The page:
Wednesday, 6 May 2009

Failed Policy

Ron Paul is one of the few politicians I have seen that understands economics. Here he is talking about credit and capital. Capital is vital for any nation to prosper. Savings, in which people forgo current consumption in order to invest in productive future endeavours, is how nations build wealth. Excess credit in the boom years caused the issues we are now seeing take hold on our economies. The market is currently attempting to unwind all this artificial credit as it was never based on prior savings, it was created out of thin air by fractional reserve banking operating in concert with the central banks. It created an artificial prosperity, in fact it actually has impoverished us. We are witnessing this market adjustment by certain lines in our production structure that seemed to be profitable during the boom being liquidated, releasing labor (unemployment). This process can not be stopped nor can it be 'softened' or corrected. When institutions try and stop this process all it does is make this lack of real savings worse and prevents the cure. It keeps discouraging savings and investments. It erodes the value of the capital that currently exists.

As I have said throughout the blog the idea that people should keep consuming just doesn't make sense, even when you don't know economic theory. If people just consumed and never saved to invest in productivity then how would we improve our material well being? Savings are the basis of human prosperity along with technology. They can not be created out of thin air by government and there is no shortcut to this process, it requires self sacrifice and hard work. I will post on a later date about the fallacies of savings, as savings are the way out of this mess along with the unwinding of this current credit bubble.


  1. Sorry, but economics is not difficult.

    The only problem with gaining a proper understanding of it is the impenetrable nature of much accepted terminology and the precise nature of definitions.

    It is a secondary problem to communicate your knowledge, which obviously has an impact on the way conclusions are framed and contextualised and whether or not we see those judgements borne out by future events.

    Ultimately all economics depends on a political expectation about any human behaviour in a given circumstance, so whether we reach the same conclusions depends as much on having the same premises as it does on using similar methodology.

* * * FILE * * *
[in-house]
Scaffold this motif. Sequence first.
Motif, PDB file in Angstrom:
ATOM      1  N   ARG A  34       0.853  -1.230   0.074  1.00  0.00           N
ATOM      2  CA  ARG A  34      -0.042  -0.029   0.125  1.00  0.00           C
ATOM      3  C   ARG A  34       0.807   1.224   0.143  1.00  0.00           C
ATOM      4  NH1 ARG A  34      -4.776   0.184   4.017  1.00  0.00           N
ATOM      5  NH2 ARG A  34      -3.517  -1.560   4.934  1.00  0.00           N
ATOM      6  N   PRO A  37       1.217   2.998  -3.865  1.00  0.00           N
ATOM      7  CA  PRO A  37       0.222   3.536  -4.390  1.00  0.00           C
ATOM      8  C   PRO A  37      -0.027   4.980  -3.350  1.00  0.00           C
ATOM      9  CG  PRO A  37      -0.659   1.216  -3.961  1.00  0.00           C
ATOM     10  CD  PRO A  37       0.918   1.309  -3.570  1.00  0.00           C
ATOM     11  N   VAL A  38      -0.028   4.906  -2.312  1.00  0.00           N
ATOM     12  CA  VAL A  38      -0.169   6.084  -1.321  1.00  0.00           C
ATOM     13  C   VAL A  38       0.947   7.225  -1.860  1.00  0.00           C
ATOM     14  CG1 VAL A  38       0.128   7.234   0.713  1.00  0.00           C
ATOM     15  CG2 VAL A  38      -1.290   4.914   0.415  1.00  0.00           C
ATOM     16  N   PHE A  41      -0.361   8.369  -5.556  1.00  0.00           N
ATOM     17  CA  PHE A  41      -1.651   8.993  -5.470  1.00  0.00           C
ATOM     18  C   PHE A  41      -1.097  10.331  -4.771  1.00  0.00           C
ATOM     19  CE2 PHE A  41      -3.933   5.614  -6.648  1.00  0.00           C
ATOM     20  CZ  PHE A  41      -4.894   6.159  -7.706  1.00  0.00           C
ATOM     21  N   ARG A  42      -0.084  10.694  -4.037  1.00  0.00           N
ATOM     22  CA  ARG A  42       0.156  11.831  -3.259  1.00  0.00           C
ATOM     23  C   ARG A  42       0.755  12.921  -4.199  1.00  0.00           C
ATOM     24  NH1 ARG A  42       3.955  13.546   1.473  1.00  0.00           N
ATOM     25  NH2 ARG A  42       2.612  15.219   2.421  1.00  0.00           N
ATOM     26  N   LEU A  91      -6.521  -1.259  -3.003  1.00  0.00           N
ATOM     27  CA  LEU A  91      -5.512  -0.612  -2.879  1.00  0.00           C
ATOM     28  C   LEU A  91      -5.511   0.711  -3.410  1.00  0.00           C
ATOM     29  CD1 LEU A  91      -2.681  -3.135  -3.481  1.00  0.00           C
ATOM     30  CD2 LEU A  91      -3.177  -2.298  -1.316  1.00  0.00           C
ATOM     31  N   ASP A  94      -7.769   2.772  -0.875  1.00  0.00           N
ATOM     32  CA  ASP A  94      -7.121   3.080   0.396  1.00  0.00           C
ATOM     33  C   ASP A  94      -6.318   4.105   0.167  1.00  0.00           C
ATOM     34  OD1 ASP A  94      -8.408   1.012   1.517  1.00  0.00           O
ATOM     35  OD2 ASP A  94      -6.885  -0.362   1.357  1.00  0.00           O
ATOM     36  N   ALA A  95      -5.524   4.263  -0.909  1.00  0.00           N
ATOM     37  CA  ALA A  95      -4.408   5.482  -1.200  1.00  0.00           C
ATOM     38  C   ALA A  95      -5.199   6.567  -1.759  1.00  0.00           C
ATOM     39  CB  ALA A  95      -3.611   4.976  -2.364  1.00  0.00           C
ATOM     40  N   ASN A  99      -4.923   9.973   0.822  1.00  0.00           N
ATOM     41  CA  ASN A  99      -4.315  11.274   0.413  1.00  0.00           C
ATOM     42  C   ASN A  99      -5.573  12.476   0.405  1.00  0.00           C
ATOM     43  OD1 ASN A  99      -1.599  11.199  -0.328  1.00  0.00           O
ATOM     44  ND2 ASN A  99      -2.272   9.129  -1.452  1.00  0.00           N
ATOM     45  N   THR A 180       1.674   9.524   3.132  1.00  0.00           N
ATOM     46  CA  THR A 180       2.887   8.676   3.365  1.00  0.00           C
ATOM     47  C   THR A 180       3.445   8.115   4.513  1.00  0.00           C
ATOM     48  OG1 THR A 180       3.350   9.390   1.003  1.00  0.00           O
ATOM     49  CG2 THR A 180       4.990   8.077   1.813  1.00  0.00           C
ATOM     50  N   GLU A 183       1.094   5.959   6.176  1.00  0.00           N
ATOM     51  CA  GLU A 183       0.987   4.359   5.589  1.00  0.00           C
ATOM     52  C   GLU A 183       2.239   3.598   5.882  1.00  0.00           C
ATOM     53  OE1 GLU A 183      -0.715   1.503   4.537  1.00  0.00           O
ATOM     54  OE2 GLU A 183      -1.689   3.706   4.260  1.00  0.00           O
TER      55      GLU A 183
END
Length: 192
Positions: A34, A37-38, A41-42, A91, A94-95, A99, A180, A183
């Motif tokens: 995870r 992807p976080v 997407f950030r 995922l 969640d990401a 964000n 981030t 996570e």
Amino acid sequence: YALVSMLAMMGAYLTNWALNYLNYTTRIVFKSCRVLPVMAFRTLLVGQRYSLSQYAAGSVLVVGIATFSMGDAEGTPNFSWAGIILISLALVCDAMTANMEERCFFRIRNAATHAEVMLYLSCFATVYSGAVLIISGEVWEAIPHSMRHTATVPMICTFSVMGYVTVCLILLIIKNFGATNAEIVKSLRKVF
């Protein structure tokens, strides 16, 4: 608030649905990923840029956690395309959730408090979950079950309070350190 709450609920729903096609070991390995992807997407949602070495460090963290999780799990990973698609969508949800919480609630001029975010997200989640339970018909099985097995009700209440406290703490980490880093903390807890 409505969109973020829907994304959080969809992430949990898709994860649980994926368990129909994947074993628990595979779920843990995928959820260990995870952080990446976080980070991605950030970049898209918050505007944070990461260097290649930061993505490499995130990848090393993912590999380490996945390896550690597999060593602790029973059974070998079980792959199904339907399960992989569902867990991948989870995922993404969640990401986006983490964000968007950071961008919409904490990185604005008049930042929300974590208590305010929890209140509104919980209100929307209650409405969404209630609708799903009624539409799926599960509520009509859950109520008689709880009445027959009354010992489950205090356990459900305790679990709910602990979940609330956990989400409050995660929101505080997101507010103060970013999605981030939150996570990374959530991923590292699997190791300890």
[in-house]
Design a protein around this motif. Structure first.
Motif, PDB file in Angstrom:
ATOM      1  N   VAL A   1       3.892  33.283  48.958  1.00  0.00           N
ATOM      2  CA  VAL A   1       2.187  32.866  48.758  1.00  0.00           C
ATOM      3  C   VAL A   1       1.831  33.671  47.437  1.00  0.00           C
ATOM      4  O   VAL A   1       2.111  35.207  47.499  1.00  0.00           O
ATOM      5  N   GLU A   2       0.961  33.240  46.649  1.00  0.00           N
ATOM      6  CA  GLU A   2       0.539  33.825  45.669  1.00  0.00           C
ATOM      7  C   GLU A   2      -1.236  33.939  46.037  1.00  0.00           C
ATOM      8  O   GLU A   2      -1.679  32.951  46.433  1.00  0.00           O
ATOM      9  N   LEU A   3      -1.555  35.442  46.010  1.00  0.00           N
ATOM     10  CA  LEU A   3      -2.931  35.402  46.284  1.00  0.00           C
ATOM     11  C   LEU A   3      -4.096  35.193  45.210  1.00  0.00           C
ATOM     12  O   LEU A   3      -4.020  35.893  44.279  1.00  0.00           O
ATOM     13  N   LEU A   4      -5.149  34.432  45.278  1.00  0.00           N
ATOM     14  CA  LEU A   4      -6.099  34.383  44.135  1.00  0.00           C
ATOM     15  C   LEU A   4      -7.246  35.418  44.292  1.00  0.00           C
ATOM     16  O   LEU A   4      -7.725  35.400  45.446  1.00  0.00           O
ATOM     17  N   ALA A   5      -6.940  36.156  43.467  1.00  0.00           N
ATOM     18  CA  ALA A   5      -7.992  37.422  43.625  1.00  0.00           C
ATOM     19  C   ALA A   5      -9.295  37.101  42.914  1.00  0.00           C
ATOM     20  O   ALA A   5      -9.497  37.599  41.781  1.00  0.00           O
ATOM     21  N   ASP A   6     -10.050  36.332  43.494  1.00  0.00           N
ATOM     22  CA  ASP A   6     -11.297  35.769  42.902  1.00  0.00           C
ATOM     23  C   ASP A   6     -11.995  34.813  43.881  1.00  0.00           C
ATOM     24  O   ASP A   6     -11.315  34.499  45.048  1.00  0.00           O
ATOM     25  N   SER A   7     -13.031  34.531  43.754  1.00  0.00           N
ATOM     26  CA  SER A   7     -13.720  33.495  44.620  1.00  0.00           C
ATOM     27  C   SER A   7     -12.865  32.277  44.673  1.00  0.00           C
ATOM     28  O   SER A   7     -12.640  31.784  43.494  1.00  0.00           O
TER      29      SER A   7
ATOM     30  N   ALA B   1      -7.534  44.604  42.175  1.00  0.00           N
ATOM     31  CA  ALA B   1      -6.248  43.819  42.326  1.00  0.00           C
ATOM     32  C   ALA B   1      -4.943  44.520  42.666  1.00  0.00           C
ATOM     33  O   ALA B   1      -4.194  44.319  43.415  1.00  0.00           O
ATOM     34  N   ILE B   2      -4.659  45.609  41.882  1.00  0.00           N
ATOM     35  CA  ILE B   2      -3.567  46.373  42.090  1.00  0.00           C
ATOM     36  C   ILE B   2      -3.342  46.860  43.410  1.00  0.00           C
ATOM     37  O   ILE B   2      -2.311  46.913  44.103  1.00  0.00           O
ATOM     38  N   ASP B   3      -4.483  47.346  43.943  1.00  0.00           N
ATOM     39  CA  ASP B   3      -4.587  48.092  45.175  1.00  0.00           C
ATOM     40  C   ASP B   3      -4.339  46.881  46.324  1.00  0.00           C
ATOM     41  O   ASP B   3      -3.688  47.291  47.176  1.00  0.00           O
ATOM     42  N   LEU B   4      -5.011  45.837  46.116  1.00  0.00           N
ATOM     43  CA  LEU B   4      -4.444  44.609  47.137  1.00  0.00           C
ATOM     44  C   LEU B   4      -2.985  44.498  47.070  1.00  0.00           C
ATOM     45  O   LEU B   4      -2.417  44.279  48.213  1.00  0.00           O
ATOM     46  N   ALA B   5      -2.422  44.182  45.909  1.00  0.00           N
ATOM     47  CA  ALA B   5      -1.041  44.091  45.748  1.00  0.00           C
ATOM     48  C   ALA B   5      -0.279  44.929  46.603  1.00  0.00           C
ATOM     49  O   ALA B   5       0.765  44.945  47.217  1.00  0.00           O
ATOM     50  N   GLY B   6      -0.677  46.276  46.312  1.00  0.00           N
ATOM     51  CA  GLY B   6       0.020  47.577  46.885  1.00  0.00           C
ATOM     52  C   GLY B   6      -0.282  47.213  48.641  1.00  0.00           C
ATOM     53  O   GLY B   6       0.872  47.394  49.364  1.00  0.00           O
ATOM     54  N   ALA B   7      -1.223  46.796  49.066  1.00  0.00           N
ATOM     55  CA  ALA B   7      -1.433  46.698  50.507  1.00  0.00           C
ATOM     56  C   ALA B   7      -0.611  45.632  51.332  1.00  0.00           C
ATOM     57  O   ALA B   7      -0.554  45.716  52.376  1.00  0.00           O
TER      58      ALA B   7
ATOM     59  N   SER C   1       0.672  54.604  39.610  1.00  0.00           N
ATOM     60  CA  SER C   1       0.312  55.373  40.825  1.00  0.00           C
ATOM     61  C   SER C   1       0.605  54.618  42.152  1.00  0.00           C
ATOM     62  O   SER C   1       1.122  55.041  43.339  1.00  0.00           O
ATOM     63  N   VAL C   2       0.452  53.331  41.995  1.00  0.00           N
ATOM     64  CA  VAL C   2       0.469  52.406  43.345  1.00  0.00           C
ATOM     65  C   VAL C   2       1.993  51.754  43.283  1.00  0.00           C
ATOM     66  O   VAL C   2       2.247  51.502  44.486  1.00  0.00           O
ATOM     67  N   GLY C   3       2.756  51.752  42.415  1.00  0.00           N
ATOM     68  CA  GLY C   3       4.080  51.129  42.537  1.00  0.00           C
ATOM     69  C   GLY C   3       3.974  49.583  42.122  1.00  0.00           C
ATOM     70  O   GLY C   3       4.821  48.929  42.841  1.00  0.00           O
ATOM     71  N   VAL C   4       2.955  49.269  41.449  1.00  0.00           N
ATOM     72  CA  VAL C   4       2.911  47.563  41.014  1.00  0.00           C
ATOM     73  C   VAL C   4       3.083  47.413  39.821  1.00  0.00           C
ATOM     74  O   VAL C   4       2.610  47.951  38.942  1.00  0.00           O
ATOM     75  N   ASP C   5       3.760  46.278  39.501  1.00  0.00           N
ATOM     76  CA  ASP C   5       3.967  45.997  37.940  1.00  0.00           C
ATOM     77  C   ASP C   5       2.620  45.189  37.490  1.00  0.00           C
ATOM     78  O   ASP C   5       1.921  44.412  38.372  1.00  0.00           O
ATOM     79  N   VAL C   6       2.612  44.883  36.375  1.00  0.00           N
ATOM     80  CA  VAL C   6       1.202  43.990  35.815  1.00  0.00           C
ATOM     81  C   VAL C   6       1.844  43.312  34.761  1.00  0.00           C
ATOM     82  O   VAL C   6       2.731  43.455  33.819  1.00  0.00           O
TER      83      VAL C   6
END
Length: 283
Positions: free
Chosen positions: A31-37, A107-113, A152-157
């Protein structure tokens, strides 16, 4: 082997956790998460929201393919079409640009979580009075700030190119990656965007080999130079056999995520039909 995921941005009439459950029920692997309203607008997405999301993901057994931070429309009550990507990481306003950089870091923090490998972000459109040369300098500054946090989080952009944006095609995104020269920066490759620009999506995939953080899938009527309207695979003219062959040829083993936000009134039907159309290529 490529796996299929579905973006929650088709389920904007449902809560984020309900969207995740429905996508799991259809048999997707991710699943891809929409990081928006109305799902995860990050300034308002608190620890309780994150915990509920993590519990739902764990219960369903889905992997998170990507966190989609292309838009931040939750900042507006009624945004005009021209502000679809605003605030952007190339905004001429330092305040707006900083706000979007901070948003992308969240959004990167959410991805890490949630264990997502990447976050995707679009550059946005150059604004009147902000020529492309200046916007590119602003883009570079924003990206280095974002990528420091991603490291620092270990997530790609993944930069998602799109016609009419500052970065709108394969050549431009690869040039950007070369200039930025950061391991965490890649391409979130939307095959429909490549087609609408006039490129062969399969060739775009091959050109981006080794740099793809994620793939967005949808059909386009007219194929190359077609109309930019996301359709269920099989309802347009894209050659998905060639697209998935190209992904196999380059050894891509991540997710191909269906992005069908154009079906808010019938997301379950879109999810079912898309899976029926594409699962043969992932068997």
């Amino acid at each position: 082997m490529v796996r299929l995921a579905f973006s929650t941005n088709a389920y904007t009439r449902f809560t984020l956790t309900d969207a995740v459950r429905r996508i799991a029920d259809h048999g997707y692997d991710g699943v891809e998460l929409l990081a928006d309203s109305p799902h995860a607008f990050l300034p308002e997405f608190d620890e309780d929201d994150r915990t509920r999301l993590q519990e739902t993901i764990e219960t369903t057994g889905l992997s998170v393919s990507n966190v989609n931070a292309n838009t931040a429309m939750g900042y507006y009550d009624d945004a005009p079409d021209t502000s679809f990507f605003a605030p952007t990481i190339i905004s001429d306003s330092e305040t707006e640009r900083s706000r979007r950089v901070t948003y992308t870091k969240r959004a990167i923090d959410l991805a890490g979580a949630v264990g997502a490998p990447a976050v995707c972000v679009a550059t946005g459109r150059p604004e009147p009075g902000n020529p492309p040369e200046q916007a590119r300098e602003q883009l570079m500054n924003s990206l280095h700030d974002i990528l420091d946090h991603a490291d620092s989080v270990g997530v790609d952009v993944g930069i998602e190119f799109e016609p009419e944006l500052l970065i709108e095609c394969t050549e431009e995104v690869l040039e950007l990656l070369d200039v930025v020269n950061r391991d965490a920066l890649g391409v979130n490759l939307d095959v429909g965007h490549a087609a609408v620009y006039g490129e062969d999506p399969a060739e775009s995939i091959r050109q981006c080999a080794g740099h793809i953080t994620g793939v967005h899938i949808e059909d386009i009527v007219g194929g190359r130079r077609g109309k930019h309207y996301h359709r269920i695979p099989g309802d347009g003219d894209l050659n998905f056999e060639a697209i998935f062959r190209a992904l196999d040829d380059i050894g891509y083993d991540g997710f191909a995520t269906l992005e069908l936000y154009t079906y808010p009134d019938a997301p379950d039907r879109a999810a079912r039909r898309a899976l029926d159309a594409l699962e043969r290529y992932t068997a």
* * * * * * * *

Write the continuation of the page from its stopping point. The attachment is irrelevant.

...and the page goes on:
In this game theory is helpful at explaining how behaviour is determined by the roles of the players, so clearly government adopts a different approach to individuals or companies - writing the terms of regulations confers immense power to influence the scope of behaviour choices available.

    To put it another way - the industrialised nations escaped the ravages of the great depression by taking the authoritarian route.

    It is only because we find unacceptable the liquidation of countless millions of identifiable victims as the means to repay inordinate debts that the authoritarian route is described as no way out an economic crisis - however such a suggestion is untrue, it is a way out, only it is an undesirable one which will have far worse consequences than we dare imagine.

    There is one truth about economics which is a universal truth: in the end all accounts will be settled.

  2. I never said economics was difficult. I just said Ron Paul understands economics.

    Not quite sure what your point is relating to capital and credit, but it seems you are making things more complicated than what they are.

    Also the authoritarian route in Europe was well under way before the great depression happened. Romania under Codreanu and Italy under Mussolini were Fascist before the 1930's. The ground work for this was laid immediately after the first world war. The Ottoman, Hapsburg, Second Reich and Tsarist empires all fell leaving a power vacuum with states who were not accustomed to self rule. Hasty national divisions were made, with all types of ethnic backgrounds. Democracy was imposed on many of these new nations, and their political process was not as mature as countries such as Britain and the US.

    All accounts should have been settled a long time ago, but the credit expansion phase means you can keep building up these excesses but in the end we are all poorer as a society because of them. Some people will profit, while the majority will suffer.